Maccabiah veterans recount Games' chaotic past
Yosef Tamir was 17 years old when he won three bronze medals in the first Maccabiah in 1932, finishing third in the 200- and 400-meter races and the javelin throw.
But when he asked for his medals he received a surprising answer. "We sent you the medals but they must have got lost in the mail," the Maccabiah's organizing committee told him in a letter. "Send us ten agorot and we'll make you new ones."
Thinking back at that episode, the 94-year-old reckons somebody must have intercepted his medals and taken them for themselves. He still vividly remembers the first Maccabiah and its impact on the Jewish settlement in what was then the British Mandate of Palestine. At his home he keeps a little archive of news clippings from the Games. One news story from the now-defunct newspaper run by Itamar Ben Avi, son of the driving spirit behind the Hebrew language Eliezer Ben-Yehuda, is written in an archaic style.
"Delegates came from Casablanca, Cairo and Beirut," Tamir recalls. "But the U.S. already dominated the field."
He remembers how Sir Arthur Wauchope, the High Commissioner of the British Mandate, attended the closing ceremony as did Zionist leaders Meir Dizengoff, Chaim Arlosoroff and Henrietta Szold. The 1,500-meter race was the main event of the Games, and non-Jews were allowed to participate. Egyptian runner Mohammed Said ran in the event, causing some Jewish organizers to worry that a non-Jew would win the most important competition.
"[Said] led for most of the race, but two Jews overtook him in the end," Tamir recalls.
The Maccabiah has always been much more than a sporting event, he says. "The Maccabiah gave aliyah [Jewish immigration to Israel] a tremendous boost. Many of the athletes were allowed to stay. They changed things and promoted ties with Jews abroad. The first Maccabiah changed the history of Jewish settlement. The British thought all the athletes would go back to Europe, but they could feel Hitler coming and they stayed."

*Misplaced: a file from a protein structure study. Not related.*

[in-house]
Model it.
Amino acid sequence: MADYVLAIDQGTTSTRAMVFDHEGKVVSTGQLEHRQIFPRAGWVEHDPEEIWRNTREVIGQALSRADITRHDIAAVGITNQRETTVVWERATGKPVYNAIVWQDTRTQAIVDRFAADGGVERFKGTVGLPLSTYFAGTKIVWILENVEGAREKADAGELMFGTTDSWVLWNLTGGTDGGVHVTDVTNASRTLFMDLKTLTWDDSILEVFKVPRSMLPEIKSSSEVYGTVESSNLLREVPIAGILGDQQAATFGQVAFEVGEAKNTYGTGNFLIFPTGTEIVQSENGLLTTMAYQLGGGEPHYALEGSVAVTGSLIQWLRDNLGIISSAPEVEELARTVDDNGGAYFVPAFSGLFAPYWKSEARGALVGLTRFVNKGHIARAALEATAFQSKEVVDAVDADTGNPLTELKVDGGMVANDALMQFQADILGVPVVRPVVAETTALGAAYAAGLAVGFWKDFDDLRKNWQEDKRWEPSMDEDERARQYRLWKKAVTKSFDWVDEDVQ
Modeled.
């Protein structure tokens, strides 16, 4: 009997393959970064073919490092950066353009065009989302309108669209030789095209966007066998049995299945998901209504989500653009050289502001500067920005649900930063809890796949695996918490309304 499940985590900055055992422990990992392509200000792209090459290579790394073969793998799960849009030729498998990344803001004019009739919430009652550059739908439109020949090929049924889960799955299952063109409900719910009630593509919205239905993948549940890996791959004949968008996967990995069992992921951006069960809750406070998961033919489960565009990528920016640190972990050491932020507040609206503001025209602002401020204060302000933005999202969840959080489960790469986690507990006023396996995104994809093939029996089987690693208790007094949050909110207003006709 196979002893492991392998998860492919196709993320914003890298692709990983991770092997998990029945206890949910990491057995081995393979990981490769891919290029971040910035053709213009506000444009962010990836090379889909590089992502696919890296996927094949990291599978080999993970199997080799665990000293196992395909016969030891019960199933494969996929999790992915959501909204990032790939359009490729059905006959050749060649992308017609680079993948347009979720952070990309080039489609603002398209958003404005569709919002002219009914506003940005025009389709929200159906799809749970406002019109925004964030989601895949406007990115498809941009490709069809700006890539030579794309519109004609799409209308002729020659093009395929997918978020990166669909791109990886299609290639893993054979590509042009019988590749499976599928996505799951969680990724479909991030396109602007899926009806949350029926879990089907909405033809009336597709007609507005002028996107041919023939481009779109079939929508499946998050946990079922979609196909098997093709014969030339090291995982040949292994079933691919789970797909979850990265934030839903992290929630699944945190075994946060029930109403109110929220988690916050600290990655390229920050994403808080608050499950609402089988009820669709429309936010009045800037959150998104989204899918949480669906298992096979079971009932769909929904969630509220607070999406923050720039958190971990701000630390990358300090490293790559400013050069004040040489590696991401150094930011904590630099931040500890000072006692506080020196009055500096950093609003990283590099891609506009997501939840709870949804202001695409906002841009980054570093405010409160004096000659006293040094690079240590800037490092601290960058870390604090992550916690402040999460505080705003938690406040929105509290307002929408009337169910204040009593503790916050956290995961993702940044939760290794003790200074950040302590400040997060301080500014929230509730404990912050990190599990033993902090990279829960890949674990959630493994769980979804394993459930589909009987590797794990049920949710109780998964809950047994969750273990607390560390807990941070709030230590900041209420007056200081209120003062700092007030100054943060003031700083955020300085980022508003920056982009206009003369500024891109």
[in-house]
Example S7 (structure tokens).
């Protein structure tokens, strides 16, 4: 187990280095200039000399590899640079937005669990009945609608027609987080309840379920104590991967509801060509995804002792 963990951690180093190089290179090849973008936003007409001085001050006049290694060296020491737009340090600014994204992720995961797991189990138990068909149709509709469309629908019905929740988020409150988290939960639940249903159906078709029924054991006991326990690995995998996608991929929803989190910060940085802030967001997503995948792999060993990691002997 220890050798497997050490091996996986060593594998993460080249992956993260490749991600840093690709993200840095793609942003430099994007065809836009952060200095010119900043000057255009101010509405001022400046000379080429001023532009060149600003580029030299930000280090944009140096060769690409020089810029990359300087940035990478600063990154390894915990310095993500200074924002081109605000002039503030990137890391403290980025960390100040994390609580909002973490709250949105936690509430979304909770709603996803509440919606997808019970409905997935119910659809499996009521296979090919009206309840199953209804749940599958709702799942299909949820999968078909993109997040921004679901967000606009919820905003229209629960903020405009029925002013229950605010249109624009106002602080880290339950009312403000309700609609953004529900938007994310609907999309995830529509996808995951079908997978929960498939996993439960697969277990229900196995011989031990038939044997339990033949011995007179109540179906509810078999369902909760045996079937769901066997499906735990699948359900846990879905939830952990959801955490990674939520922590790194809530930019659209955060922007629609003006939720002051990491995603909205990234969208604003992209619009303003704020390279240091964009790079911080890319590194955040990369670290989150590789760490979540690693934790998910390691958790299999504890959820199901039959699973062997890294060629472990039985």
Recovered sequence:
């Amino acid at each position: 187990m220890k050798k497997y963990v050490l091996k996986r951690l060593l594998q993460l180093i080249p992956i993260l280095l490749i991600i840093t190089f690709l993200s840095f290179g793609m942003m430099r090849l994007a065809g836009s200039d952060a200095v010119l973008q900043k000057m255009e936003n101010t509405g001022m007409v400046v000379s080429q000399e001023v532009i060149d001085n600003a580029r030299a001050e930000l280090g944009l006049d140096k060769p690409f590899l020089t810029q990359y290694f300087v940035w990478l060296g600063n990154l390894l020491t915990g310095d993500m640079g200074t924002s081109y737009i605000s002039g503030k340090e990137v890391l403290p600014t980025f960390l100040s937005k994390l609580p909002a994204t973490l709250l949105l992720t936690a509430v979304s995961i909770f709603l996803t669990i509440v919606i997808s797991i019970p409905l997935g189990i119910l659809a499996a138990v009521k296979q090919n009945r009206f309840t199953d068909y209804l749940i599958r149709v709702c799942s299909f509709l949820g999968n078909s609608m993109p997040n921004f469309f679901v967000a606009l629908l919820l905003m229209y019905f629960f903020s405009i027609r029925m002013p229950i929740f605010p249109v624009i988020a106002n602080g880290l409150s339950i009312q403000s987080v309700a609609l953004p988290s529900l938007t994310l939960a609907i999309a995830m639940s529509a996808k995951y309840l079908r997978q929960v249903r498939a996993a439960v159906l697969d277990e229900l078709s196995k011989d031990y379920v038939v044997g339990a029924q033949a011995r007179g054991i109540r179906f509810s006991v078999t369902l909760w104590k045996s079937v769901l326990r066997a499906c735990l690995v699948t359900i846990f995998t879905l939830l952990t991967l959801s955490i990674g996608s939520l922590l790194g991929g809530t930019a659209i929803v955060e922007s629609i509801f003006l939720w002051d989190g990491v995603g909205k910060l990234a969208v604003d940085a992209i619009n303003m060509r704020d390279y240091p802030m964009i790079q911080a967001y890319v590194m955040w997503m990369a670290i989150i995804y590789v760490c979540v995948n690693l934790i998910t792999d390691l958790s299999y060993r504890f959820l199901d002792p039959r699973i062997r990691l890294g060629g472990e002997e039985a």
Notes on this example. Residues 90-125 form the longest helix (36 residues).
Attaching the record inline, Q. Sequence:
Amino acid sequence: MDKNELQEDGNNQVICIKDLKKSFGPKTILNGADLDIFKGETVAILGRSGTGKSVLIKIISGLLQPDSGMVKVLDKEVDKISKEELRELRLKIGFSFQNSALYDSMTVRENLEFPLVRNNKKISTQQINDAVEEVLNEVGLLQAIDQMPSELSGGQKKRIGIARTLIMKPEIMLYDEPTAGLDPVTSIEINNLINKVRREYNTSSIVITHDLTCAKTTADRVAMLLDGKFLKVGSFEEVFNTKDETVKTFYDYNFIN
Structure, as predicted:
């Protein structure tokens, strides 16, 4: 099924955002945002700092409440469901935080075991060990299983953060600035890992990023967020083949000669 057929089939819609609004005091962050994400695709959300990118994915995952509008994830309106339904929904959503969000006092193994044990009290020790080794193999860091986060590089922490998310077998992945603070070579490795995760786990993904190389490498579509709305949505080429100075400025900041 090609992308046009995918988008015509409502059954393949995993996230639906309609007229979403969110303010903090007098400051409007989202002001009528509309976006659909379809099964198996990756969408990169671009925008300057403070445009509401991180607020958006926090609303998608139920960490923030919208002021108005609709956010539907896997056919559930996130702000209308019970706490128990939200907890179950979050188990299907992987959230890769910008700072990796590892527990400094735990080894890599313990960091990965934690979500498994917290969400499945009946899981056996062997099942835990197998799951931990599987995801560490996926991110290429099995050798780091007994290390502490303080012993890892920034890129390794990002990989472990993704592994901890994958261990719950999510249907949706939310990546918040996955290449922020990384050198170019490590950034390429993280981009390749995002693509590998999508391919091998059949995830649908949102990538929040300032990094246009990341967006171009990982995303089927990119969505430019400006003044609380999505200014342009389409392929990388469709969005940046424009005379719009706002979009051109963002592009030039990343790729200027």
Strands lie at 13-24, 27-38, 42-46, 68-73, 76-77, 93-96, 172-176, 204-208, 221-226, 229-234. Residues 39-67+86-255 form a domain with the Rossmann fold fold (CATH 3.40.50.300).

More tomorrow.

Athlete turns MK
Tamir went on to become a member of Knesset for the revisionist Gahal party, which later formed the Likud with other factions. As a lawmaker he focused on environmental issues long before they became fashionable. As an athlete he was good in track and field, but was also considered a talent in soccer, which is why he was chosen to represent Palestine in an international match against Egypt. "They asked us to bring clean socks, a towel and soap to training," he recalls.
Unfortunately, Tamir never played against Egypt. He was stopped at the border because he didn't have the proper paperwork. "I had come to the Land of Israel with my parents in 1924 from the Soviet Union and never had the paperwork done," he explains.
Alex Ziloni, then only 16 years old, participated in the long jump in the first Maccabiah, and ran the 100 meter sprint in the second Games held in 1935. "I went to the toilet just before the race and when I came back I saw they had started without me," he says with a smile. "I was crushed, I could have done well."
A year after participating in the Maccabiah in 1935 he went to study flight engineering in Britain. Later, Ziloni would become a senior official in the budding Israel Air Force.